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LOSS AND GAIN, Is one of the imaginary accounts in Double Entry Book Keeping, and so called in order to supply the want of real or personal titles in recording gains and losses, which could not with propriety be placed to real or personal accounts. It is by this Rule, that merchants discover the gain or loss in business, and the rate per cent. in buying or selling goods.

Q. What does the words buy or bought, sell or sold imply in this rule?

A. Buy or bought, means the first cost of the goods, sell or sold, the sales made.

Q. What does the first cost or invoice refer to?
A. The debtor side of a merchandise account.
Q. What does the items sold refer to?
A. The credit side of a merchandise account.
Q. How is a gain ascertained?

A. By taking the difference between the first cost and the sales.

Q. How is a loss ascertained?

A. When the amount sold is less than the first cost, take the difference, that difference will shew the loss.

CASE I.

First cost and a gain given to find the rate per cent.

Rule.- Take the difference between the first cost and the sales. Then say as the first cost is to the difference, so is 100 to the rate per cent.

Ex. 1. Bought coffee at 10 cts. per lb. and sold it for 12 cts., how much is the gain per et.? Ans. 20 pr. ct.

Sold for 12
Bought for 10

As 10 :

2 gain : : 100 = 20 pr. ct. Ans.

CASE II.

Given the first cost and a loss to find the rate per cent.

Rule.- As the first cost is to the loss, so is 100 to the rate per cent.

Ex. 2. Bought sugar at 8 cts, per lb. (which was damaged,) and had to dispose of it at 5 cts. per lb., how much is the loss

per
cent?

Ans. 374 pr. ct.
Bought for 8 cents.
Sold for 5

:

As 8

2

3 cts. loss : : 100= 37} pr. ct. Ans.

25

CASE III.

To gain a certain per centage. RULE.--As 10 per cent is t' of a hundred, add it to the first cost. Thus, is of $1.00 is 40 cts. which added, make $4.40, the selling price required; or, agreeably to the common method, say as 100: 110 :: $4.00 = $4.40 as before. The first method is more concise, and therefore, the best.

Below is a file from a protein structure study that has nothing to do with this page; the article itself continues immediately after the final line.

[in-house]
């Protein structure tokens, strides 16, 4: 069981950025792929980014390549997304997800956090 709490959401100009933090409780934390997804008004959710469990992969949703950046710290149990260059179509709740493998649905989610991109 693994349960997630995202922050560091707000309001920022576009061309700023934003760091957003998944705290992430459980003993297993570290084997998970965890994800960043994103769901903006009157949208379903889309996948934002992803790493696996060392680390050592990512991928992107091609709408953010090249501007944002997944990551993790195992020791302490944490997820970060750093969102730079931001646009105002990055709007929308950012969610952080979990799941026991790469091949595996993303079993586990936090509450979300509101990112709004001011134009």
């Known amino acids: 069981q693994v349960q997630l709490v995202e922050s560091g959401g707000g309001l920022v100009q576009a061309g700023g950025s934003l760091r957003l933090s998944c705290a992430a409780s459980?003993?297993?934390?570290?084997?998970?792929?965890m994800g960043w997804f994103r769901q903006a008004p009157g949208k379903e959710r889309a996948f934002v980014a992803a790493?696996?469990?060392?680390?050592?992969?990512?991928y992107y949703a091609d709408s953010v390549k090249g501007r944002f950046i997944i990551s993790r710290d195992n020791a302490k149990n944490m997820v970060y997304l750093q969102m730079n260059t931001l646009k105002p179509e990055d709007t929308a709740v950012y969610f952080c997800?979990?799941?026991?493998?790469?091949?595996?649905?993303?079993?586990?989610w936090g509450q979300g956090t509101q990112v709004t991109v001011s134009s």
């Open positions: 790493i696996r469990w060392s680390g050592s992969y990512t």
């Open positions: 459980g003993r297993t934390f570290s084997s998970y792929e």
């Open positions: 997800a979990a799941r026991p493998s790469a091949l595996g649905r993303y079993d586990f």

1. Admitting I purchase cloth at $4 per yard, and wish to gain 10 per cent, how much is the selling price?

2. Bought calico at 20 cts. per yard, and want to gain 25 per cent, how much must be the selling price per yard?

Ans. 25 cts.

CASE IV.

Selling price,gain andrate per cent given to find the first cost.

Rule.--Add the gain per cent. to 100, then sày as 100 with the given per centage added, is to 100, so is the retail price to the first cost.

1. Suppose the retail price to be $5 per yard for cloth, and the gain 25 per cent, how much is the first cost?

Ans. $4.00 per yard.

CASE V.

When a certain loss per cent. has to be sustained on the first

cost to find the retail price. Rule.—Multiply the first cost by the given per centage, and divide by 100 for the amount of loss sustained, the amount subtracted from the first cost will give the result; or, as 100 : 84 : : 840 : $705.60 as required.

Suppose I purchase a lot of goods for $840, at auction, and owing to their being damaged, have to sustain a loss of 16 per cent below the first cost, how much will they be sold for?

Ans. $705.60.

CASE VI.

To find the profit per pound, per yard, &c. when the first

cost and sales of a certain number of yards, pounds, cwts. &c., are given.

RULE.—Find the whole gain, and divide it by the number of yards, pounds, or cwts., &c.

Ex. 5. Bought a chest of tea, containing 340 lbs. for $289, and sold it for $408, what was the profit on each pound?

Ans. 35 cts. per lb.

CASE VIL

When there is a loss per cent. sustained by the sale and the

first cost is required. RULE.—Subtract the rate per cent. from 100, then say as 100 less the rate per cent. is to 100, so is the amount of the sale to the first cost.